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December 21, 2021

The benefits and challenges of breastfeeding for new parents

Parenting Breastfeeding

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One of the most important decisions an expecting person must make is whether to feed their newborn baby breast milk or formula. Both approaches have pros and cons worth considering and there are many factors that can impact this decision. For these reasons, it’s important to support new parents in whatever choice they ultimately make.

The benefits of breastfeeding

The American Academy of Pediatrics recommends that parents feed their infants breast milk exclusively for six months after birth, and then keep it in their diet for at least a year as new foods are introduced.

Breastfeeding can offer both a parent and child significant physical and mental health benefits. The major benefit of breastfeeding — beyond naturally providing all of the nutrients needed for an infant to grow into a healthy toddler — is passing on the antibodies contained in breast milk that help protect babies from common childhood illnesses as well as health complications later in life. Through breast milk, babies are also exposed to a variety of food flavors that may help them more easily accept solid foods in the future.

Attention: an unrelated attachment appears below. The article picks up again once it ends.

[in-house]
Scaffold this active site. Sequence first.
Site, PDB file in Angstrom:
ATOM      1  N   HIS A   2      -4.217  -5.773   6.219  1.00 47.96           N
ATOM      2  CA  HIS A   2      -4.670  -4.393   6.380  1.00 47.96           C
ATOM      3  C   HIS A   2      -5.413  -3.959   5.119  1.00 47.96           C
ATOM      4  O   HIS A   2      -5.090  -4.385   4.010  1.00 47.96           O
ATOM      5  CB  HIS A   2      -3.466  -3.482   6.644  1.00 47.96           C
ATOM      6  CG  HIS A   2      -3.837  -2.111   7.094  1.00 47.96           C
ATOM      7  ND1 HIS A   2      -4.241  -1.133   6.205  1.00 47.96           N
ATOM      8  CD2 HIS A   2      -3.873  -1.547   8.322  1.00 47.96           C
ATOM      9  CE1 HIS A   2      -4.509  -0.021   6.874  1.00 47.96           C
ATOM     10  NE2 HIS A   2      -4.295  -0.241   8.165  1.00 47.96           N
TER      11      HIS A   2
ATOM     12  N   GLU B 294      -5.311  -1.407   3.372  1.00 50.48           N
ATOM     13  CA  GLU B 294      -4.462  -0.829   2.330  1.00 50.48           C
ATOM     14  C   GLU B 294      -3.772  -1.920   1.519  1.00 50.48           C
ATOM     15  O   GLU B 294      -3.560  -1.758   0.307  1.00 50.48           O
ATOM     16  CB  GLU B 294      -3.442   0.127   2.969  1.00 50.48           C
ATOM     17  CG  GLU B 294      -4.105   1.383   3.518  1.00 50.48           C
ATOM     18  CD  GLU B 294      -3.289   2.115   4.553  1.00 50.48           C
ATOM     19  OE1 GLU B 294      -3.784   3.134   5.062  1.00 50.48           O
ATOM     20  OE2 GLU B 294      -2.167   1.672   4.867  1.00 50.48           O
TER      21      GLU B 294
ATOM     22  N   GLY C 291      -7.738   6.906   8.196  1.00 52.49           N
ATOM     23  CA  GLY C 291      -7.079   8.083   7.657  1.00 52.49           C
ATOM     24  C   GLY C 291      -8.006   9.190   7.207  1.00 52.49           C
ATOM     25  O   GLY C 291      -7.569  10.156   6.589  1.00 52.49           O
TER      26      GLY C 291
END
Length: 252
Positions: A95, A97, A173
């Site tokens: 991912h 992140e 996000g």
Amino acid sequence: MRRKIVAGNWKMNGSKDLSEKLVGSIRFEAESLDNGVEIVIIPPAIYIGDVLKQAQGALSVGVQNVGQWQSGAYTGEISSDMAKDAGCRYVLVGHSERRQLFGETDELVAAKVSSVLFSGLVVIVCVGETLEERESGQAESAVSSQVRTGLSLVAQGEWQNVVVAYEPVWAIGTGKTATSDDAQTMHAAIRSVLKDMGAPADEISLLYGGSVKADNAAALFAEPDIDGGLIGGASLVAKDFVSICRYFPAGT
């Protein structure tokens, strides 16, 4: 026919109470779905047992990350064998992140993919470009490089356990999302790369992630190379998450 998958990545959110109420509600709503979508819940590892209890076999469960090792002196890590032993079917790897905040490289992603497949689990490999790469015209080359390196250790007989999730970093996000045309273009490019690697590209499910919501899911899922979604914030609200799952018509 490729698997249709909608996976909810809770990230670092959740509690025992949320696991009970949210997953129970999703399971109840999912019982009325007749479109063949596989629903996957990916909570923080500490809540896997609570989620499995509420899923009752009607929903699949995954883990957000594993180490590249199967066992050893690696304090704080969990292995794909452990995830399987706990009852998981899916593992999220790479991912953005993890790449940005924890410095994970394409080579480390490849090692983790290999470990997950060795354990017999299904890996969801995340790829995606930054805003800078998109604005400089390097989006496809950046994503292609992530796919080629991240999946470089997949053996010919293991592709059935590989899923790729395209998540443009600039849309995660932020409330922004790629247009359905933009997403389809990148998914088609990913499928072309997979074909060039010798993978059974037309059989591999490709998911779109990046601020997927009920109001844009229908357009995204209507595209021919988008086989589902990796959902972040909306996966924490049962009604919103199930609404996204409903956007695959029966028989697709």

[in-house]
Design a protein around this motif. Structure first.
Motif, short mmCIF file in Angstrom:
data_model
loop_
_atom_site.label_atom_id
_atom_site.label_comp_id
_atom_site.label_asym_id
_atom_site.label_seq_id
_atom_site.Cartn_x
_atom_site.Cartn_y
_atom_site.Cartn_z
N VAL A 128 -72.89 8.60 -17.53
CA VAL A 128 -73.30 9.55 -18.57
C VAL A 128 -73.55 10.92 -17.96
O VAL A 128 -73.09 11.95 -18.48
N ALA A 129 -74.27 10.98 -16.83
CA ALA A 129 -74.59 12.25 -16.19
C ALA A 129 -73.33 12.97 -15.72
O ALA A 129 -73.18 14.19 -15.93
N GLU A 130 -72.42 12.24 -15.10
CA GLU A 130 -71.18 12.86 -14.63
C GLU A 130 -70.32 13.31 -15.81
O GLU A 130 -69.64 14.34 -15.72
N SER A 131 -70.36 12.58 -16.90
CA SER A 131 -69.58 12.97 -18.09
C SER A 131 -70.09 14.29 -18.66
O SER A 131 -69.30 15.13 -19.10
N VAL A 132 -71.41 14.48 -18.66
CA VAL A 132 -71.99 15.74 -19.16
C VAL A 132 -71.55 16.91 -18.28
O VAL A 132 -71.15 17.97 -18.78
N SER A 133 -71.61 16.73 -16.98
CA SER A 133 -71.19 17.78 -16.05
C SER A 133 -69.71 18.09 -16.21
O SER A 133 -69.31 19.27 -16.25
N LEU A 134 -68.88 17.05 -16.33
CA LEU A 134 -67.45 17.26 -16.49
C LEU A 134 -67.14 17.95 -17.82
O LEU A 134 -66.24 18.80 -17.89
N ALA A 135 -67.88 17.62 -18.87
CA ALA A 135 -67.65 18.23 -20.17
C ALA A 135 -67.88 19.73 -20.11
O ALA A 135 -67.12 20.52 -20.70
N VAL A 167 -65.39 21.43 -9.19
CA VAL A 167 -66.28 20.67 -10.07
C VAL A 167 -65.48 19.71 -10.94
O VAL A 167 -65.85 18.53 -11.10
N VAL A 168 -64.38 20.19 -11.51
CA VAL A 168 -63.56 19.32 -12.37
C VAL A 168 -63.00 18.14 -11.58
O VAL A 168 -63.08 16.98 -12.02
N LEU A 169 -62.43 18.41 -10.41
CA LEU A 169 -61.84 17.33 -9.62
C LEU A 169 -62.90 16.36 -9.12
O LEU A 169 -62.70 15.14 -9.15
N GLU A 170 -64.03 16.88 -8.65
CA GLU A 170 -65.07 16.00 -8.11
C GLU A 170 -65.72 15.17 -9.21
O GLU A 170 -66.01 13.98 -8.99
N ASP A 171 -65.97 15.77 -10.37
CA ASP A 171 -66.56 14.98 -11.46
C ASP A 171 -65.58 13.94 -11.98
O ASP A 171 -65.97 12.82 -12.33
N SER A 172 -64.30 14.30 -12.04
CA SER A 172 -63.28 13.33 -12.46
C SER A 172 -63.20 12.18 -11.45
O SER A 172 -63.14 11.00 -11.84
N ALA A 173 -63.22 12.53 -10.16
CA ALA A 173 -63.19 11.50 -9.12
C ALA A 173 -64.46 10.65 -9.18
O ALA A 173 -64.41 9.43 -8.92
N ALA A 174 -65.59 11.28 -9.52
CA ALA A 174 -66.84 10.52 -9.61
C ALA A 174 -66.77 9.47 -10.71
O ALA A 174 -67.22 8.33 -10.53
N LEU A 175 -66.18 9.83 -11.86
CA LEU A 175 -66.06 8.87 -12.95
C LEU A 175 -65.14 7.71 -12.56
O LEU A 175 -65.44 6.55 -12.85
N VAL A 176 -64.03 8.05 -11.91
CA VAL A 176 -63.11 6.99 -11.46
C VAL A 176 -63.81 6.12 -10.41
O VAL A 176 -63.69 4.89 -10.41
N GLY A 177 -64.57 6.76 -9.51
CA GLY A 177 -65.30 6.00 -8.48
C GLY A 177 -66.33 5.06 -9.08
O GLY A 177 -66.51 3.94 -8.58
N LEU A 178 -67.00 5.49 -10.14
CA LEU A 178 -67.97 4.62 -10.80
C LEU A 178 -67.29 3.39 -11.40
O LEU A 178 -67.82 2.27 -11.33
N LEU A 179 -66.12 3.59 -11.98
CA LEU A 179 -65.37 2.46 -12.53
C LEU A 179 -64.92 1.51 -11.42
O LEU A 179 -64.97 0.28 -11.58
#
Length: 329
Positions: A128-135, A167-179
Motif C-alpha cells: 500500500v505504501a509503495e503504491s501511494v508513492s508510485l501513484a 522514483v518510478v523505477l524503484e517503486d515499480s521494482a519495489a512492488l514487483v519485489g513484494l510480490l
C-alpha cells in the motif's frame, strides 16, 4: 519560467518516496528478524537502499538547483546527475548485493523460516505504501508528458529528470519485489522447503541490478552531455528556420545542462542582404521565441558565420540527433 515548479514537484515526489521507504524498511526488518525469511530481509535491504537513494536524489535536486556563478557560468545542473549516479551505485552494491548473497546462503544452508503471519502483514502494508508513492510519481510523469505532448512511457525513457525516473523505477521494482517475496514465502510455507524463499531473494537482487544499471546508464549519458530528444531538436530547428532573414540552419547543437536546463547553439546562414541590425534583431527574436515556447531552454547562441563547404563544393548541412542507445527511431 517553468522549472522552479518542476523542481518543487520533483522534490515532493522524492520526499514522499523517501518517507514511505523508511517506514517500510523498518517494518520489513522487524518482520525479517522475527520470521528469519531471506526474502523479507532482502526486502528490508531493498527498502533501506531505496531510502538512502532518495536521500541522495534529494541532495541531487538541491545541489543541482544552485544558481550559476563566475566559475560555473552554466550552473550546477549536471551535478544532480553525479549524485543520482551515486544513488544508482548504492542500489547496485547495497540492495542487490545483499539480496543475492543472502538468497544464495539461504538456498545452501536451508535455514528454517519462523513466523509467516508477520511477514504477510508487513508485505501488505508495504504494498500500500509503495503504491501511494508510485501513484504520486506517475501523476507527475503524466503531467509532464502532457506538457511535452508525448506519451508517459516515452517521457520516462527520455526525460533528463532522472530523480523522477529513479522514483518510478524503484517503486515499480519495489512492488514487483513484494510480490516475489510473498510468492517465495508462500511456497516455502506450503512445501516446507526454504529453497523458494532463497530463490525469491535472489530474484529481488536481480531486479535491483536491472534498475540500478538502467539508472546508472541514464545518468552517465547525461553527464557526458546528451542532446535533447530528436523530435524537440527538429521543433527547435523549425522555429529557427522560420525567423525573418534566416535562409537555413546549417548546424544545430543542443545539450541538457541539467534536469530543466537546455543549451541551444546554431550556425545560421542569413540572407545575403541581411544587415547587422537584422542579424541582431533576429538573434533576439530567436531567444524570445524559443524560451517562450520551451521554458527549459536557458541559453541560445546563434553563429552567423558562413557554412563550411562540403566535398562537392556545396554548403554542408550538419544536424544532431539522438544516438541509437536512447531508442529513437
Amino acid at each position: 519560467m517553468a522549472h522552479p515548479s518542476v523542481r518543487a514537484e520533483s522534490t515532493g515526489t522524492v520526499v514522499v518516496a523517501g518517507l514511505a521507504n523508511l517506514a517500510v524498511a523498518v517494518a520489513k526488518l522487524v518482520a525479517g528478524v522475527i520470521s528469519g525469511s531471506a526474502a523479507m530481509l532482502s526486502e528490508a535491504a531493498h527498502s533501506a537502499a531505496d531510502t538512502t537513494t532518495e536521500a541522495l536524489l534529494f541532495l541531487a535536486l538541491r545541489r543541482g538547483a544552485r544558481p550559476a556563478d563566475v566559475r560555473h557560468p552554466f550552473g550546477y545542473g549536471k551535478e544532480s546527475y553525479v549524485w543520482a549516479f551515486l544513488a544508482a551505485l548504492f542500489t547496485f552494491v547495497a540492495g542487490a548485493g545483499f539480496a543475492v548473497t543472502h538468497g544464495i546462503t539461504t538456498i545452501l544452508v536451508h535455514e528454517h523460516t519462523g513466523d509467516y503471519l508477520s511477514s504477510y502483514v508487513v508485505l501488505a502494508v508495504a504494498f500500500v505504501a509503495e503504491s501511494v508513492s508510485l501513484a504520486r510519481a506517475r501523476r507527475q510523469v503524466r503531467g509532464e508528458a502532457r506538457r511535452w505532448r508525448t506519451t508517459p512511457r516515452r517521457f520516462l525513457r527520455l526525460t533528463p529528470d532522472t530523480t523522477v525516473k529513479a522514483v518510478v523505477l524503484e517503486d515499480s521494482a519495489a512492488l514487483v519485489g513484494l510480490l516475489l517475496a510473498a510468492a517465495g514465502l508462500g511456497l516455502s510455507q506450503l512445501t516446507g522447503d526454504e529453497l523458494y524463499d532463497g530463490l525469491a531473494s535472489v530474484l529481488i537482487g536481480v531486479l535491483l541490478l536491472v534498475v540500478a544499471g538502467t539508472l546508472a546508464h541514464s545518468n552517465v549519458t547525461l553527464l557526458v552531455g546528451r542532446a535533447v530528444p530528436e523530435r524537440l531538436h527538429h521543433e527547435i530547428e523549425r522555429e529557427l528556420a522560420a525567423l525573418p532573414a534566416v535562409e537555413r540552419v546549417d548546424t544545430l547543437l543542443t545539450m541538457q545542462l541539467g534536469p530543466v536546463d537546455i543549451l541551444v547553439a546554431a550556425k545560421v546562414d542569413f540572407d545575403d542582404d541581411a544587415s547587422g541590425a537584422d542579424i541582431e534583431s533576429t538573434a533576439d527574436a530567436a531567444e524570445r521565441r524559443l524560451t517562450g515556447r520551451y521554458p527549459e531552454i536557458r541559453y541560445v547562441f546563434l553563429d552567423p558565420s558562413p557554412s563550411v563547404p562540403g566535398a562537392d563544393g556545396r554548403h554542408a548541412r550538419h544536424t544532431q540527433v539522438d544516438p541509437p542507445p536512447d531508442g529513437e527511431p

For the parent, breastfeeding can make it easier to lose weight after pregnancy and may also reduce their risk of breast cancer, ovarian cancer, type 2 diabetes, and high blood pressure. Breastfeeding also produces stress-reducing hormones that can help sooth a nursing parent, and helps form an emotional bond with the baby through skin-to-skin contact.

The benefits of formula

Despite the health benefits of breastfeeding, it's not always an option for new parents. Frequent feedings at all hours and the need to pump during working hours can make it almost impossible for many to meet their babies’ needs with only breast milk.

Some health conditions can result in a low supply of breast milk and can even make breastfeeding unsafe. Others may find it uncomfortable, and even painful. Formula feeding can provide the flexibility needed to navigate many of these challenges while still ensuring that the child receives the nutrition required for healthy development.

Ultimately, the choice between breastfeeding and formula feeding comes down to personal preference and many factors often outside a person’s control. What’s most important is that a choice is made in consultation with a healthcare provider in a way that accommodates both the needs of the parent and child.

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